Abdelaziz Aouragh runs an online sex shop for Muslims. “We don’t sell products that simply enhance the love life between man and woman,” he explains. “All of our products provide a deeper meaning to sexuality, sensuality and even spirituality.”
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His company El Asira, based in the Netherlands, offers products like “sensual silicone” and “glamour lotion.” All of his products are Halal.
“The majority of our customers are women,” he tells me. “With men there is too much bravado.”
I see this pattern often repeated of Muslim
women leading their male counterparts in the discussion about sexuality and intimacy. According to Islamic law, sex is limited to between those who are married. But when it comes to exactly what you can do, and how sex is generally discussed, Islam itself is quite open.
Sex is of course for procreation, but it’s also for pleasure.
There are stories about how Prophet
Muhammad would be approached in the
mosque by women and men asking open
questions about sexuality. In one famous tale, a woman came to see him on her wedding night, to complain her husband was too busy praying and hadn’t come near her. The Prophet went to see the husband, admonished him for being too
engrossed in religious prayer and instructed him to, erm, pay more attention to his bride.
This openness has been lost over time, and
discussions about sex have become taboo.
However, things are slowly changing.
Wedad Lootah is a UAE marriage counsellor who published an Arabic sex guide, Top Secret:
Sexual Guidance for Married Couples, on how to achieve sexual intimacy with your partner, stating couples needed the advice. Her book was blessed by the mufti of the UAE. But she received intense criticism.
Wedad Lootah’s controversial book
Whilst engaged, my now husband and I
attended a ‘pre-marriage’ seminar, one of the first of its kind in the UK. The one day training included an hour about sex. It wasn’t very good, but nonetheless, I was pleased that the subject was raised and the taboo broken.
Jenny is an Irish Muslim organising a similar two part seminar for young women only, the first on marriage, the second on intimacy. “The girls don’t know what should be happening in their intimate lives,” she explains. “The men tell
them to do X or Y, and they don’t know any better.” Jenny understands that her seminar is unusual, but her primary concern is that the young women receive this education, and criticism is kept at bay. For this reason, she asks I don’t quote her real name: “I’m sticking my neck out here.”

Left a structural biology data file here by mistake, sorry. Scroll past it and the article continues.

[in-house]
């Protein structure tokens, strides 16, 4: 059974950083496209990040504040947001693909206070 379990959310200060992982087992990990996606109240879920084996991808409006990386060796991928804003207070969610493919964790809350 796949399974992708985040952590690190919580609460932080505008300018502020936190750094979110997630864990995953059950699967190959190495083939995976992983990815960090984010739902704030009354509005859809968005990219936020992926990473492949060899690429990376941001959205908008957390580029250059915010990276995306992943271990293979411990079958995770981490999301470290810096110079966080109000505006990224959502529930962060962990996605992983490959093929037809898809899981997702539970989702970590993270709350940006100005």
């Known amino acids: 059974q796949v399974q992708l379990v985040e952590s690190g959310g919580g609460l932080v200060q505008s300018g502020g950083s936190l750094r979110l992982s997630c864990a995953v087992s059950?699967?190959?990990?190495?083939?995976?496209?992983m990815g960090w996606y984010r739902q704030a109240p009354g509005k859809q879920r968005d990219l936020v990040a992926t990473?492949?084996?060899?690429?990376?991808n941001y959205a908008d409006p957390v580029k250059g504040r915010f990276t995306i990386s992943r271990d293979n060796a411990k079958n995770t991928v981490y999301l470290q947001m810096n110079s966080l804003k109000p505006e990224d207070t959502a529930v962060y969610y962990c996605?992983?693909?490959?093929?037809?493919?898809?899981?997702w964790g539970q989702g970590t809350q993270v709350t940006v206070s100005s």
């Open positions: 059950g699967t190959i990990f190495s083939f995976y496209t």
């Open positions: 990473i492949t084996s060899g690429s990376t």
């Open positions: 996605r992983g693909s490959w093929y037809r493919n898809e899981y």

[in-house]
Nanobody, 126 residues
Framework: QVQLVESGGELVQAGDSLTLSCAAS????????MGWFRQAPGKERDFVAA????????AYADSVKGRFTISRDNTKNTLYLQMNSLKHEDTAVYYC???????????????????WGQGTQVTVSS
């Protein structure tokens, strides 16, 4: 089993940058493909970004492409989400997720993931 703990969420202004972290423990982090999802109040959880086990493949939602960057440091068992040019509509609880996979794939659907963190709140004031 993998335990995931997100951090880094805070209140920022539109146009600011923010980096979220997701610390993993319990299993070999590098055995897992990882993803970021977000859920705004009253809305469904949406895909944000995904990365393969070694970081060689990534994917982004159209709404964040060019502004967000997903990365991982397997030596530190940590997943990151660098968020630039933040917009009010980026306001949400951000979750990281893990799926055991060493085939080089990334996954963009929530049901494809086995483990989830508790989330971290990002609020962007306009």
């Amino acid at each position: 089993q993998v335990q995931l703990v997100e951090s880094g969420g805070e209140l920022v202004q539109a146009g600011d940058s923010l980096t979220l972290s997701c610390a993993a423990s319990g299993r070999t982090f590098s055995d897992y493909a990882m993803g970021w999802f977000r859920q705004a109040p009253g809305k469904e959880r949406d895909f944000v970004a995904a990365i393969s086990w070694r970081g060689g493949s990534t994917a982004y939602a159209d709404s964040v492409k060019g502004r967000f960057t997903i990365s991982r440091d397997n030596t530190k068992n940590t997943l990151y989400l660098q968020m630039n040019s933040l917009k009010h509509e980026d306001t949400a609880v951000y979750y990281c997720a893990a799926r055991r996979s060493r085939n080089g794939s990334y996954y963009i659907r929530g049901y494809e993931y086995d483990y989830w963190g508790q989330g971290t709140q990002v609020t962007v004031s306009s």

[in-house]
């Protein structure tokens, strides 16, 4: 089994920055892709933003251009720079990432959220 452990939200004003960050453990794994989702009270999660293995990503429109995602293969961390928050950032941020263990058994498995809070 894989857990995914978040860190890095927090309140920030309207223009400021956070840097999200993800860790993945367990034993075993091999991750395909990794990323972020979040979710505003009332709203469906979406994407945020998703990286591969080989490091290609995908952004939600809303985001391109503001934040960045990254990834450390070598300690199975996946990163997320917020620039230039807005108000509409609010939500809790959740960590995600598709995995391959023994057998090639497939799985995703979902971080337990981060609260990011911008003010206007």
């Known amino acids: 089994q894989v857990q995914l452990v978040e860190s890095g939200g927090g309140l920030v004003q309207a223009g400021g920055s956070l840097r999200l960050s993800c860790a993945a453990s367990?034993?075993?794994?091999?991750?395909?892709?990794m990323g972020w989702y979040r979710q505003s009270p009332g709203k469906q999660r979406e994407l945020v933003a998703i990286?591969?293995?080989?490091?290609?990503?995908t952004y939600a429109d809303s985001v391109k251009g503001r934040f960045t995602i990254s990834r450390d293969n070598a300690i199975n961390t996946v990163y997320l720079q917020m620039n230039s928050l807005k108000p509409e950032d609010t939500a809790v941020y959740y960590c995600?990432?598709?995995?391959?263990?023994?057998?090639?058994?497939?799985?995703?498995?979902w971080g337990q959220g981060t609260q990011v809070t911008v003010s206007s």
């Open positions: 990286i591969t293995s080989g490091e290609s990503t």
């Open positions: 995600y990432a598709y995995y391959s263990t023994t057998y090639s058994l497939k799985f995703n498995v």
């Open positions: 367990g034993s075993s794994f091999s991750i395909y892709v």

It’s not a sex instruction class that she’ll be hosting. “We’re not telling them what goes where!” laughs Jenny. “But these girls need to know their rights in the bedroom.”
In the USA, controversial Muslim activist Asra Nomani has written an “Islamic Bill of Rights for Women in the Bedroom.” to ‘uphold women’s right to pleasure”. Nomani says she received negative feedback about the bill. But when I read about it I remember thinking, this
is not in the least controversial or new for
Islam. If anything it shows how little Muslims – even vocal ones – have knowledge about Islam’s un-guilty approach to sex, or understand that
Islam has always been extremely open about sexual pleasure, and in particular women’s pleasure.
Yet, it’s undeniable that to talk about sexuality, especially as a woman, is difficult, and as a consequence I’m genuinely apprehensive about publishing this piece. But push on I will.
It’s a subject that needs to be openly addressed, precisely so that these contradictions can be unravelled.
There is a lack of research about the existing levels of sexual knowledge among Muslims.
How much do they know? Where do they gain their knowledge? And perhaps the most difficult to ask: what is the reality of how they conduct their sexual lives?
Sex is taboo subject for most Muslims.
However, a growing number of young Muslim women are talking about what they really want when in the bedroom. Shelina Janmohamed, author of Love in a Headscarf, explains how women are leading the way in her faith when it
comes to understanding sexuality.

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